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It has been calculated that flying all 65,000 delegates to the ten-day World Summit on Environment and Development that opens in Johannesburg today will dump an extra half-million tonnes of carbon dioxide into the atmosphere—as much as one million Indians produce in a year. That is the single greatest absurdity about the world’s biggest-ever conference, but there are many more.
There is, for example, the timing of the conference, moved up from the first two weeks of September after last September’s tragic attacks in the United States in order to allow President George W Bush to join 106 other heads of state at the closing ceremonies. But Bush, whose relations with the environmental movement are only slightly warmer than with Saddam Hussein, has decided not to come.
Criticising this shindig is like shooting fish in a barrel. Twenty different UN agencies are sending separate delegations to Johannesburg; no final agenda for the conference has been agreed despite any number of preparatory meetings; there will be one hundred and six ten-minute speeches by heads of state as the world's biggest-ever anti-climax at the end of this grotesquely swollen event. Any halfway-competent journalist can write this sort of stuff in his sleep, and that's just what some of the lazier ones among the 6,000-strong media contingent in Johannesburg will be doing.
What they do not understand is that almost all publicity is good publicity. Johannesburg is a stage from which people and organisation concerned about the environment can address a basically sympathetic global public, the hook for tens of thousands of environmental stories in the world’s mass media. And it was governments that arranged it.
Many officials in national governments and international organisations are there partly because they genuinely want to do some good (although the Law of Mixed Motives usually applies), and they know that their political masters, however well-intentioned, cannot move until the popular support is there. So there is a lot of political activity, especially on the international level, whose real purpose is not making treaties, but influencing public opinion.
Johannesburg is a case in point. The global public’s knowledge and concern about environmental matters has to be sustained by a variety of means (since relatively few people voluntarily take a great interest in the subject), and the tenth anniversary of the landmark Rio Earth Summit was too good an opportunity to miss.
There will be no bold new environmental initiatives at Johannesburg to compare with the Climate Change Convention and the Biodiversity Convention that were agreed at Rio ten years ago, mainly because things move very slowly when 174 countries are involved. It took five years to translate the climate change accord into specific and binding national targets for cutting greenhouse gas emissions at Kyoto in 1997, and after five more years it's still not clear whether the United States will be able to sabotage its ratification or not.
So beyond general consciousness-raising, the current state of play in international environmental politics means that the main short-term usefulness of the Johannesburg conference is to maintain popular support for the Kyoto accord in the face of US wrecking tactics. Although nobody connected with the conference would admit it in public, that comes down to influencing public opinion in a very few countries.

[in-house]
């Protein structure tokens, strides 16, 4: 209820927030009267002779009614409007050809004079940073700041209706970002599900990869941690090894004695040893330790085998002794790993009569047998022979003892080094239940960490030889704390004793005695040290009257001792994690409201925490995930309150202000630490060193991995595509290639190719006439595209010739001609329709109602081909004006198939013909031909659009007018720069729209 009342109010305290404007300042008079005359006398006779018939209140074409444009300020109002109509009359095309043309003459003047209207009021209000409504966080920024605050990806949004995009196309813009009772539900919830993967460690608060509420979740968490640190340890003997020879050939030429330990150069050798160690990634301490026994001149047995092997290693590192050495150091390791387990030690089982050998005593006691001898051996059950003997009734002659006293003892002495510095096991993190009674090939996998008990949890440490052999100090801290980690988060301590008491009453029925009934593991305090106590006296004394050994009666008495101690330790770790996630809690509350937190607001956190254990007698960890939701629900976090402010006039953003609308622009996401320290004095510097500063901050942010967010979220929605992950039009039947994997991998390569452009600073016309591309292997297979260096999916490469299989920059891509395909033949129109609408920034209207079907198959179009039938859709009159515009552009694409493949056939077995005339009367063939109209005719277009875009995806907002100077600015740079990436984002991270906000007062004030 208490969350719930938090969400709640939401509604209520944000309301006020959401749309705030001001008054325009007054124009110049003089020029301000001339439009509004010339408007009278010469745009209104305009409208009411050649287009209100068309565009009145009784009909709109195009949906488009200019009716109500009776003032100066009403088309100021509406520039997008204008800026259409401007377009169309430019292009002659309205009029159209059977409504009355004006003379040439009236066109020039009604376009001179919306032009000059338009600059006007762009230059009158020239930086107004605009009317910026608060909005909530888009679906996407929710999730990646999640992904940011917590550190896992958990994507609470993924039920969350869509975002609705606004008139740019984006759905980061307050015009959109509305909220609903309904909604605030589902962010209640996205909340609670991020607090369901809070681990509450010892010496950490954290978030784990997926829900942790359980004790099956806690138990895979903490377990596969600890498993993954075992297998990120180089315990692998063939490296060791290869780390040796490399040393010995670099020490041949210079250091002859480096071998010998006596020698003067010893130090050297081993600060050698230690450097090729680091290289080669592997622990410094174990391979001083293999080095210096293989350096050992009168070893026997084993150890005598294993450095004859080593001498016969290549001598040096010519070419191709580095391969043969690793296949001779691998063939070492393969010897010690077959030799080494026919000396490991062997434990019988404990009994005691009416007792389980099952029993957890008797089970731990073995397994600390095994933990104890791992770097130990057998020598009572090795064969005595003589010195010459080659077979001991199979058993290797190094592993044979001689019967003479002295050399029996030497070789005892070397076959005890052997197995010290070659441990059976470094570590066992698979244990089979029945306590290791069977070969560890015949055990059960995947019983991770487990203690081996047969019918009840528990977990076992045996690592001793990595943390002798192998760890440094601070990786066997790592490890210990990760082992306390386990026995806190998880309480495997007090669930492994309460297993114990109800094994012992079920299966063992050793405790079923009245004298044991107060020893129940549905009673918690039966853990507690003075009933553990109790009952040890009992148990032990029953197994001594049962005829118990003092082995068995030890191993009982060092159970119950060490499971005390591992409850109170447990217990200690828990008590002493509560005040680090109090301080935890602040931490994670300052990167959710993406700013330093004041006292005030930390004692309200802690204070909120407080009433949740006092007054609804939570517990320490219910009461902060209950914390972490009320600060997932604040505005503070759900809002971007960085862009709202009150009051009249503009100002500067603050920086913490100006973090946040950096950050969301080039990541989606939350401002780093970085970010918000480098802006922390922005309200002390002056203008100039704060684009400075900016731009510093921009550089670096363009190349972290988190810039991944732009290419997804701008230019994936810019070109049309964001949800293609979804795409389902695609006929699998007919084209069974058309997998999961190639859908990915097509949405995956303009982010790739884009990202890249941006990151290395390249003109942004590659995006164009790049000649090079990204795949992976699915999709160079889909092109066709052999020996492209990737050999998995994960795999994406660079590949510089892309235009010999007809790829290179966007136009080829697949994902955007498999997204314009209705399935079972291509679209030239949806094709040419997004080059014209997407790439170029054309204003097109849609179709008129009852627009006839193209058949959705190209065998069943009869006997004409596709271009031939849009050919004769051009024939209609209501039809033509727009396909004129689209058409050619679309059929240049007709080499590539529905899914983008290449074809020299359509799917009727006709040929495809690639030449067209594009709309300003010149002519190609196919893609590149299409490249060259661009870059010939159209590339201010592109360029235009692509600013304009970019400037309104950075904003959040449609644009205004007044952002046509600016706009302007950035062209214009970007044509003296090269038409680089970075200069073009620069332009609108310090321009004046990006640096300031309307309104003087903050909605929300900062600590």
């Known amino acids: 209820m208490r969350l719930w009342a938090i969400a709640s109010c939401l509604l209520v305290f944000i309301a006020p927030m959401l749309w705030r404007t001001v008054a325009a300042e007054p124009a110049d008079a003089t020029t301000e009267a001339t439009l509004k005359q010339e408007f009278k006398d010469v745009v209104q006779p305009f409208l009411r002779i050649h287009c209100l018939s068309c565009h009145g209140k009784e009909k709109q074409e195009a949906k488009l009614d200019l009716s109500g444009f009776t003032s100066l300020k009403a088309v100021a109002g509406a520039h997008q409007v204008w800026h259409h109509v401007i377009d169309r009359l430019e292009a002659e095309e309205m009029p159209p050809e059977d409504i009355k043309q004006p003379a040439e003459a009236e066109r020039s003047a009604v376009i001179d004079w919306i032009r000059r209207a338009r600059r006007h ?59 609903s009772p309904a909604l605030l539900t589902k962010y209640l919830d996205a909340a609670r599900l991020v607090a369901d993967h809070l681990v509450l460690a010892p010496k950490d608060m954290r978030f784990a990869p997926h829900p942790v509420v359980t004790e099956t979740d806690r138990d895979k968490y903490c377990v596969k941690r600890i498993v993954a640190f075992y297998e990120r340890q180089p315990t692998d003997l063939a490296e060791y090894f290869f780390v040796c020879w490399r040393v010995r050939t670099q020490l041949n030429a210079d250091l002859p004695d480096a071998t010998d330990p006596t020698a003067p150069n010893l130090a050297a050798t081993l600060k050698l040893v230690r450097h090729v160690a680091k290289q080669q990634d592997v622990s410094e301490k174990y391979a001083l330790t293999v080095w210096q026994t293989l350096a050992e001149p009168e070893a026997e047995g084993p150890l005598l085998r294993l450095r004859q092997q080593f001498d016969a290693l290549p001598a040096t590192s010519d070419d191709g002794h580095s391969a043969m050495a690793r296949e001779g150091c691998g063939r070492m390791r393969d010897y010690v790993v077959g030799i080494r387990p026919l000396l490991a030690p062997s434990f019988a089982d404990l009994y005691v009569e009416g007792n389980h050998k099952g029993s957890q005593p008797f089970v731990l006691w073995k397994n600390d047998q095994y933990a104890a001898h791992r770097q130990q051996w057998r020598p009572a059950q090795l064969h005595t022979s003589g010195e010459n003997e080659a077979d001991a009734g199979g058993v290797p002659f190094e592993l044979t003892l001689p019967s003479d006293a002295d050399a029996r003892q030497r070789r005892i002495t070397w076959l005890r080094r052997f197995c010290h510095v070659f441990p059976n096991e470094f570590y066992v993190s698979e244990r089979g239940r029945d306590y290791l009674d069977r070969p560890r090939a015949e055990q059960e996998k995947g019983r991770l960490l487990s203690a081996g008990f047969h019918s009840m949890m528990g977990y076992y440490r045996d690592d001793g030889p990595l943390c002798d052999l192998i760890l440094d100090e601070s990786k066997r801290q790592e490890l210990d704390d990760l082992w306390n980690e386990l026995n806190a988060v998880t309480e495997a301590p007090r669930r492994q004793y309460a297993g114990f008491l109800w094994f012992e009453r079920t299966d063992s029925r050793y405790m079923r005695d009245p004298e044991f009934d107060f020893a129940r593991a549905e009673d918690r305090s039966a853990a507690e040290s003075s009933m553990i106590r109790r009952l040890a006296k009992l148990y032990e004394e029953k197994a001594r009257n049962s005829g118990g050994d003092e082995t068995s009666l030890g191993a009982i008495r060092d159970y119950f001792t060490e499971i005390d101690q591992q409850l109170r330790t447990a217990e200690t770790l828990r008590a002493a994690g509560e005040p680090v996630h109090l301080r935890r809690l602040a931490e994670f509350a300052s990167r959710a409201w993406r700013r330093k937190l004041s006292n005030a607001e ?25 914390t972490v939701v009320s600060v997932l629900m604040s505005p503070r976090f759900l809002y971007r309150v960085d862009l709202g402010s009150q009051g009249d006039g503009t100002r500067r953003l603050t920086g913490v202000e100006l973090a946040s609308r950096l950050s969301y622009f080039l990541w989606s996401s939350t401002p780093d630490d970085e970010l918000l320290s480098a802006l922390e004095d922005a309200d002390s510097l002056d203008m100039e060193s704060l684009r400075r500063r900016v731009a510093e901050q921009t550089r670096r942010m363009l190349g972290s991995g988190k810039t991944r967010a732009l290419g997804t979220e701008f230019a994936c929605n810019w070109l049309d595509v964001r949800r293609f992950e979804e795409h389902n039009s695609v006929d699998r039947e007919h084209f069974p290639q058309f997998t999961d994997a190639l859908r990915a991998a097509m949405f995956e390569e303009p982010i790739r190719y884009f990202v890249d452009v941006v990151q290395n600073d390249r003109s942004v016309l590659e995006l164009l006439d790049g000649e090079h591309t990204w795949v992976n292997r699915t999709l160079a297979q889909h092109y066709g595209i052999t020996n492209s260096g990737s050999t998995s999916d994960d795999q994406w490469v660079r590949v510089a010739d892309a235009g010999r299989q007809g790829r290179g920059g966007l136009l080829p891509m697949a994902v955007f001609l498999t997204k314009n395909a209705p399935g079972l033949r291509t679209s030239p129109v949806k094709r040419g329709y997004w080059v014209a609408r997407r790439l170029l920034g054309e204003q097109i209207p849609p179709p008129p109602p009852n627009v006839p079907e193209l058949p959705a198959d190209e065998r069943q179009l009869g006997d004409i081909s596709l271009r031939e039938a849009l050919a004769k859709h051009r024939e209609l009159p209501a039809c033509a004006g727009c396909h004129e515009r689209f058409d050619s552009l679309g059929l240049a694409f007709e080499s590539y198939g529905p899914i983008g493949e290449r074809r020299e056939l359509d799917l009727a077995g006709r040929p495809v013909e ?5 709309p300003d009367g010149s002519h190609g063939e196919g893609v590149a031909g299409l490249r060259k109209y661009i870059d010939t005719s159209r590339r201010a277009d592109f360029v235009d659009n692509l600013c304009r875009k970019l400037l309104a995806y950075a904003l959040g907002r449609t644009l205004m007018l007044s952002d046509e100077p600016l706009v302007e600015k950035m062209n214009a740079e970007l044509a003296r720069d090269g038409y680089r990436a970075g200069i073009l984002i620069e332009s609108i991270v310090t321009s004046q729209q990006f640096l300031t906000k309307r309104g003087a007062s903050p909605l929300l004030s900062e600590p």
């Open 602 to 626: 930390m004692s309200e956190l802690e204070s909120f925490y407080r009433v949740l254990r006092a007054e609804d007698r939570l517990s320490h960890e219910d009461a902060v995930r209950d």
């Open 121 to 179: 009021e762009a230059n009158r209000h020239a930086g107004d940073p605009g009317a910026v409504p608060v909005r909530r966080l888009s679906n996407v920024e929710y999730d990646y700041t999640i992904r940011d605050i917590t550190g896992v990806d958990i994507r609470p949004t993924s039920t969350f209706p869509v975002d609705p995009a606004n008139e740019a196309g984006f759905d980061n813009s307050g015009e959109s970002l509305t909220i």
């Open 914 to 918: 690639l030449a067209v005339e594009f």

It is NOT about changing Mr Bush’s mind. His own Environmental Protection Agency quietly admitted on its website in June that global warming exists, that it is man-made, and that it will transform the environment, but he is loyal to his political allies, and no economically costly measures will be taken on his watch to avert the changes. As the report put it: “Adapting to a changing climate is inevitable. The question is whether we adapt poorly or well.”
All very well for Americans, but for Tuvalu (and later perhaps even for Bangladesh and the Netherlands) adapting well may require human beings to develop gills. Nevertheless, everybody else now takes it for granted that Washington will continue to oppose the Kyoto accord, and try to turn other countries against it, until at least 2004. But the game is still afoot.
Kyoto cannot come into effect until 55 countries have ratified it, including industrialised countries responsible for 55 per cent of the carbon dioxide emissions of the industrial world as of 1990. Fifty-five countries have already ratified, but since the United States alone accounted for 36.1 per cent of industrial countries’ emissions, almost every other developed country must ratify the accord in order to cross the threshold.
Most of them (the European Union countries and Japan, accounting for 35.2 per cent of emissions) already have. Eastern European countries anxious to join the EU will certainly ratify Kyoto, and Russia, responsible for 17.4 per cent of emissions, is also committed to doing so. But the total may still fall a crucial one or two percent short of the 55 per cent threshold—which is why Canada and Australia, both close US allies with huge energy sectors, have become the critical players.
Just one of them ratifying the treaty would be enough to make Kyoto a reality, but the Australian government has already caved in to the local coal-exporting industry, and the Canadian government is looking distinctly wobbly. So though Johannesburg is about many other things as well, its principal contemporary real-world function is to focus Canadian public opinion on the need to rise above petty local concerns. And that, in 2002, is how the world actually works.
It could be a lot worse.
(Gwynne Dyer is a London-based independent journalist whose articles are published in 45 countries.)
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